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    Today I picked up "Abraham Lincoln, Vampire Hunter" at the bookstore. Any Cyb reviews? I recently read a couple books in a series about Jane Austen being alive and a vampire, and it referenced Abe and some other historical figures as having been vampire hunters, but they weren't by the same author. Coincidence?

  14. #1514
    Cyburbian Plus Zoning Goddess's avatar
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    Van Reid's "Cordelia Underwood, or the Marvelous Beginnings of the Moosepath League", a quirky novel, rather amusing, set in1896 Maine. I will have to look for the sequels. Very enjoyable. Came out in '99, wonder how I missed it.

  15. #1515
    Cyburbian Mud Princess's avatar
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    I am reading Bad Dog (A Love Story). I couldn't pass up a book with that title.

  16. #1516
    Cyburbian Brocktoon's avatar
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    I am reading the aptly named book, "The Company Town" by Hardy Green. An interesting book talking about the development of cities by a corporation. It covers the often thought of communities like Hersey and Gary, IN as well as many of the coal, textile and mining communities that srung up as well. Its a quick and easy read so far.
    "If you don't like change, you're going to like irrelevance even less" General Eric Shinseki

  17. #1517
    Cyburbian Coragus's avatar
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    Kevin Smith's "Bull ***t" I saw him Friday night and got the book the same day.
    Maintaining enthusiasm in the face of crushing apathy.

  18. #1518
    Cyburbian fringe's avatar
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    Donated $25 to Joseph Campbell Foundation and received download of five hours of lectures on Eastern mythology, including lectures on Hinduism, Buddhism, Indian mystical traditions, art. They are broken into segments of a few minutes each but are sequential.

    If you like Joe Campbell his lectures are easier than reading his work, but you have to hear them over and over to assimilate. As a result I have picked up Oriental Mythology (of the four volume Masks of God) again.

  19. #1519
    Cyburbian boiker's avatar
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    Just picked up Straphanger from the library. Probably telling me more of what I already know.

    http://www.amazon.com/Straphanger-Sa.../dp/0805091734

    Dude, I'm cheesing so hard right now.

  20. #1520
    Cyburbian GISgal's avatar
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    I am just starting to read Wild: From Lost to Found on the Pacific Crest Trail by Cheryl Strayed. Just finished Born to Run by Christopher McDougal. Vyer interesting read - even for a non-runner.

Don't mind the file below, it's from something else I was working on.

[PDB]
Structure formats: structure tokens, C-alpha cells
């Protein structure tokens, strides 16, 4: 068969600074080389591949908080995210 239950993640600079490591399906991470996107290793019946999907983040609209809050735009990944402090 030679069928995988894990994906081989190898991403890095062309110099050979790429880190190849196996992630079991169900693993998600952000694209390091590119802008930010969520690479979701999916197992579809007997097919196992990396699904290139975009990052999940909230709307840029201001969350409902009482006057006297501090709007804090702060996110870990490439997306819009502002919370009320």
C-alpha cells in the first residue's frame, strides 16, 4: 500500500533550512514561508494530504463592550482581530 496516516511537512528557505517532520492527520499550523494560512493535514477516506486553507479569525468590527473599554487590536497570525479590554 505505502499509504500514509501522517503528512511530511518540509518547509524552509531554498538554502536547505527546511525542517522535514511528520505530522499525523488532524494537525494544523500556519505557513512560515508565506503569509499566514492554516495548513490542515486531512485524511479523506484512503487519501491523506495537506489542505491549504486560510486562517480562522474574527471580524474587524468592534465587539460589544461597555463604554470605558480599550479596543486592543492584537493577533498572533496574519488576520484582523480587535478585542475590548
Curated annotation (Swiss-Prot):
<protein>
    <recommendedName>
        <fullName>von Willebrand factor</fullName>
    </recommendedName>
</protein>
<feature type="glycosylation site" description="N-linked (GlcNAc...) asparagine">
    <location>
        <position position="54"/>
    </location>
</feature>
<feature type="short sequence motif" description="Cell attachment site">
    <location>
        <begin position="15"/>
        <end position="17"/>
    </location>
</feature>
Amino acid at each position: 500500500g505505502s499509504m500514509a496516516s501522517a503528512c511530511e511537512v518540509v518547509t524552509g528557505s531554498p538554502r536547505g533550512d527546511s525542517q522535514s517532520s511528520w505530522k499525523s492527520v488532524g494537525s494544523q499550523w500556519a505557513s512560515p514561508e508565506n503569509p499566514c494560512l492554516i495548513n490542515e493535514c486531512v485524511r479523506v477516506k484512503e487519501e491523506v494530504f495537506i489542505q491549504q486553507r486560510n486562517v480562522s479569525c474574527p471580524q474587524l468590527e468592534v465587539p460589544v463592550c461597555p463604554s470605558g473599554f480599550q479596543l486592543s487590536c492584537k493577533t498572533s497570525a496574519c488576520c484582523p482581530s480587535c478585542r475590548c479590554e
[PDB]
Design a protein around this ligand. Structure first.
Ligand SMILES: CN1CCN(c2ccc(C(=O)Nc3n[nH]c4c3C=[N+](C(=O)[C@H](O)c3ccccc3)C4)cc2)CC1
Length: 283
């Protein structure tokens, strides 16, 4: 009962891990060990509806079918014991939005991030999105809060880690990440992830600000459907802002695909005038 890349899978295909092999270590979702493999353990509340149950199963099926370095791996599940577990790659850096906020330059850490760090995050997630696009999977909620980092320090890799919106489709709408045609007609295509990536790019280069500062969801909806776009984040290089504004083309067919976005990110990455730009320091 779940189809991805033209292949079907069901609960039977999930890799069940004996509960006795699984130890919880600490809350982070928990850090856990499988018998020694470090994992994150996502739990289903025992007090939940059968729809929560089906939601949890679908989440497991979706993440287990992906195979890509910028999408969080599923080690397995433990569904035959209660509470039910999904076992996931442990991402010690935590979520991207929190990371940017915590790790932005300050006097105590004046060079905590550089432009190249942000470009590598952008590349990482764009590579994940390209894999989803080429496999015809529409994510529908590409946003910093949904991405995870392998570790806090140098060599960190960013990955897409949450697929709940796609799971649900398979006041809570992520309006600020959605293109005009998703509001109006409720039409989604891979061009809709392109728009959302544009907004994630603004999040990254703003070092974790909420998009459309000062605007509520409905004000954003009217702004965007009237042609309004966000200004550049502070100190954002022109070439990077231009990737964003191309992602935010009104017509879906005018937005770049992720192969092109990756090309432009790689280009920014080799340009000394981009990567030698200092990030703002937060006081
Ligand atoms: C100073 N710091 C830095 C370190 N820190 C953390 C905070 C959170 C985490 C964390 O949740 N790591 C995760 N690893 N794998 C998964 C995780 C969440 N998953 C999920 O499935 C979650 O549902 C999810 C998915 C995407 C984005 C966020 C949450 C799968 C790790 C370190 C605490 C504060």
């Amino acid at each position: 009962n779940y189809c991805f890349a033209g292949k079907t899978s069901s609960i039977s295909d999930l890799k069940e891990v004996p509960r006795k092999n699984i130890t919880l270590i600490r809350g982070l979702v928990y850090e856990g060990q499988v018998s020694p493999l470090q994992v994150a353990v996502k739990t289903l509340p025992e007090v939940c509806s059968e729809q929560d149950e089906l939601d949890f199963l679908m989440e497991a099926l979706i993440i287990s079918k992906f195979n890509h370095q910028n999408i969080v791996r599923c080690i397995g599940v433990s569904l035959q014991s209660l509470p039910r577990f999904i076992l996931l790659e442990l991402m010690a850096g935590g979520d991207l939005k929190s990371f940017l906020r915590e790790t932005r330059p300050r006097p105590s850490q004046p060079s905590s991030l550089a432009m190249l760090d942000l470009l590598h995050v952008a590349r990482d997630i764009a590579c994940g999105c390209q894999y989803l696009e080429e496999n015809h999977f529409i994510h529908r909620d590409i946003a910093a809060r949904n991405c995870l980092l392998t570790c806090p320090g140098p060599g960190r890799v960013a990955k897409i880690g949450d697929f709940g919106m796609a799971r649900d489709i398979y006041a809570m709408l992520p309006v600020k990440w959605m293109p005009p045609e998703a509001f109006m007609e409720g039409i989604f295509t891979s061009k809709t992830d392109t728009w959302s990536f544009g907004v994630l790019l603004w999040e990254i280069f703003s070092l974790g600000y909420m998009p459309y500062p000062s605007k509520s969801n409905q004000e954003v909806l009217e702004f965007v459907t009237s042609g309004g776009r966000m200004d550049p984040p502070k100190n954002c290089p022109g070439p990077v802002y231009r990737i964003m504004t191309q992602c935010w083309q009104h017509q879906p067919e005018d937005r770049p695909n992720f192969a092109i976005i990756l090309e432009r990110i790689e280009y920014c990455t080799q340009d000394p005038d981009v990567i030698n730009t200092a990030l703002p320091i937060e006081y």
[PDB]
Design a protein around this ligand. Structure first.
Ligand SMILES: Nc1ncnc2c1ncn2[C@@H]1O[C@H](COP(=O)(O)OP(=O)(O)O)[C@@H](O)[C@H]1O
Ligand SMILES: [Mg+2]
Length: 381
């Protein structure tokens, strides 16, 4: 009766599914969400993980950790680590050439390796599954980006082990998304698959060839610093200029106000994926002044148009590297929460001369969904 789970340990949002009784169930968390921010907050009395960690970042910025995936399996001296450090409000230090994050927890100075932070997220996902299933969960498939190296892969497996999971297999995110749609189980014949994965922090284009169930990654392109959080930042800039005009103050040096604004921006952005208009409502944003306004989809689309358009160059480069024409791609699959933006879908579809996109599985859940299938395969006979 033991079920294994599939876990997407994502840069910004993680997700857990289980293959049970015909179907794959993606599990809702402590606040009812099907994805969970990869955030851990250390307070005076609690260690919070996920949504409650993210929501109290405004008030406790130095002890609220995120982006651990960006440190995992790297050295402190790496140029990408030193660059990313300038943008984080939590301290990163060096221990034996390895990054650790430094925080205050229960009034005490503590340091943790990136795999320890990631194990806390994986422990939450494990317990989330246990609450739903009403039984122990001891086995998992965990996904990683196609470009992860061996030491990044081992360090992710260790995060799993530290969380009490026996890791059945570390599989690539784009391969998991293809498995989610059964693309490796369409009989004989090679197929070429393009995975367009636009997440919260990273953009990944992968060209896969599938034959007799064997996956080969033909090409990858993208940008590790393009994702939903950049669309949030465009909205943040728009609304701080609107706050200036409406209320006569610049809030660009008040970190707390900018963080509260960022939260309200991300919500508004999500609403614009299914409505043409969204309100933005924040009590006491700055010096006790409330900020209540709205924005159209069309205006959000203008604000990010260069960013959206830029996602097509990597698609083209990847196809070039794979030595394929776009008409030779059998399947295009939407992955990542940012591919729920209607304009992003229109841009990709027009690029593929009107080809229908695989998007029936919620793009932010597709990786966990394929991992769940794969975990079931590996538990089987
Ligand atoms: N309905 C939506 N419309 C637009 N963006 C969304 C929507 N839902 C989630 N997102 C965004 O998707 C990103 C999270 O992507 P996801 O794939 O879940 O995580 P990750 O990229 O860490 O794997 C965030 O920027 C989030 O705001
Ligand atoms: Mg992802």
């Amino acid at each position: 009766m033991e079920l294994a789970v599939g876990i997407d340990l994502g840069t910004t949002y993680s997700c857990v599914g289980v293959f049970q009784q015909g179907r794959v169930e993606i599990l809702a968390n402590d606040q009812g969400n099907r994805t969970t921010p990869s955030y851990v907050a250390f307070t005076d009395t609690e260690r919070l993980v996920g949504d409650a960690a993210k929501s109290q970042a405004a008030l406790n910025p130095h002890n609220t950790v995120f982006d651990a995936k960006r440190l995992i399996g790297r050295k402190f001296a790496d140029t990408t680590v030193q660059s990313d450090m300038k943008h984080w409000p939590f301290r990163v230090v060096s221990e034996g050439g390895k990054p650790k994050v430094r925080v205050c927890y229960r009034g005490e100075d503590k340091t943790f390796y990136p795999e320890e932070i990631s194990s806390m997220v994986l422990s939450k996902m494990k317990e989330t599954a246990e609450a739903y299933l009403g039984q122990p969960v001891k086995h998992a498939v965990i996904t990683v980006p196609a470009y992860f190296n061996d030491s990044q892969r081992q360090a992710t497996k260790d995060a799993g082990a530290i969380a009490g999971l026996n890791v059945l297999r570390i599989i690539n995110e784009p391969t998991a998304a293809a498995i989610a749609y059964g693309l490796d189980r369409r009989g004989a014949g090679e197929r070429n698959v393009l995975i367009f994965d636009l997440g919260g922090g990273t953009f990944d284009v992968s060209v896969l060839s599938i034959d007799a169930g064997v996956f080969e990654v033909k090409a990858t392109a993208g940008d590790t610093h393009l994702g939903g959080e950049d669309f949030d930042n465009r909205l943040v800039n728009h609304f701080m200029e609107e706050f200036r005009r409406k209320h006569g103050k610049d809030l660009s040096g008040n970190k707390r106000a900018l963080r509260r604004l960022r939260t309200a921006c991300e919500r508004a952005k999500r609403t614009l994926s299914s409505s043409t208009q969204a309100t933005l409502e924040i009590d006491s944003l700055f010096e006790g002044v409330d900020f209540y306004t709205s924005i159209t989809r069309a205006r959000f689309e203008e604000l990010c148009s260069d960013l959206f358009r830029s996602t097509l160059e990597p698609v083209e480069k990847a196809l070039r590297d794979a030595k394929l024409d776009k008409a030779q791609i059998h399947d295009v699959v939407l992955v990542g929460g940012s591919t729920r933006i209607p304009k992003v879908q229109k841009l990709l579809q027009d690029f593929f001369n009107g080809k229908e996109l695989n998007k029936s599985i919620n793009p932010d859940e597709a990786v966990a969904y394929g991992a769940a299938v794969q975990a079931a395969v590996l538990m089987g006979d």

On my ecclectic list:

    The Last Chicken in America by Ellen Litman.
    Shaghai Girls
    Secret Daughter
    Stephanie Plum Series by Janet Evanovich.

    Looks I found some good ones to add here.
    “I am not discouraged, because every wrong attempt discarded is another step forward.” - Thomas Edison

  21. #1521
    Cyburbian btrage's avatar
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    I'm reading Fireproof right now. My wife borrowed it from someone 6 months or so ago, so I decided to read it. Before I started reading it, I asked my wife if I thought it would be corny. She said yes.

    Now I am not a religious man by any means, but I do find the central tenet of the book to be a very valuable lesson for relationships. That being that you love someone because you make the decision to love them, not becaue of a feeling it gives it, or because you expect anything back.

    I don't think that all marriages can be saved by the theme of this book. But I do think it is a humbling idea.

    Over the weekend, I finished Theodore Rex, the 2nd in a trilogy by Edmund Morris about the life of Teddy Roosevelt. It doesn't matter what you think of him politically, and how his progressive ideas were contrary to the conservatism of the time, he was/is simply one of the most fascinating Presidents we will ever have.
    "I'm very important. I have many leather-bound books and my apartment smells of rich mahogany"

  22. #1522
    Cyburbian Plus Zoning Goddess's avatar
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    Quote Originally posted by btrage View post
    Over the weekend, I finished Theodore Rex, the 2nd in a trilogy by Edmund Morris about the life of Teddy Roosevelt. It doesn't matter what you think of him politically, and how his progressive ideas were contrary to the conservatism of the time, he was/is simply one of the most fascinating Presidents we will ever have.
    I'm reading "The Murder of the Century" by Paul Collins, about a NYC murder in 1897 that involved adultery, abortion, Pulitzer and Hearst, dismemberment...and Teddy Roosevelt's reforms as police commissioner.

    I guess it was a huge case back in the day, but I've never heard of it, and probably most people in this day and age haven't, either.

  23. #1523
    I'm half-way through Moonraker by Ian Fleming. I've picked up an interest recently in the Bond books.

  24. #1524
    Cyburbian ofos's avatar
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    Just finished "Iberia" by James Michener. About to start "Sin Killer" by Larry McMurtry. It's the first of four volumes of the Berrybender Narratives and I got them all in hard cover at Half Price Books for $1 each. I don't expect them to be as good as the Lonesome Dove series but at that price...
    “Death comes when memories of the past exceed the vision for the future.”

  25. #1525
    Cyburbian otterpop's avatar
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    Quote Originally posted by ofos View post
    Just finished "Iberia" by James Michener. About to start "Sin Killer" by Larry McMurtry. It's the first of four volumes of the Berrybender Narratives and I got them all in hard cover at Half Price Books for $1 each. I don't expect them to be as good as the Lonesome Dove series but at that price...
    I love McMurtry's fiction. His prose flows. Haven't read the Berrybender series yet, though I have eyed them in the library. I am reading "The Evening Star," the sequel to "Terms of Endearment."

    One of his greatest gifts as a writer is making major characters who are not so likable, but are admirable. You don't care for them perhaps but you want to know more about them. Captain Call is one. Aurora Greenway is another.

    I still haven't completely forgiven him for killing off Gus, Jake Spoon and Deets. We all want to know a Gus McCrea. We all know a Jake Spoon ("a leaky vessel to put too much hope into") And we all would be better knowing a man like Deets.
    "I am very good at reading women, but I get into trouble for using the Braille method."

    ~ Otterpop ~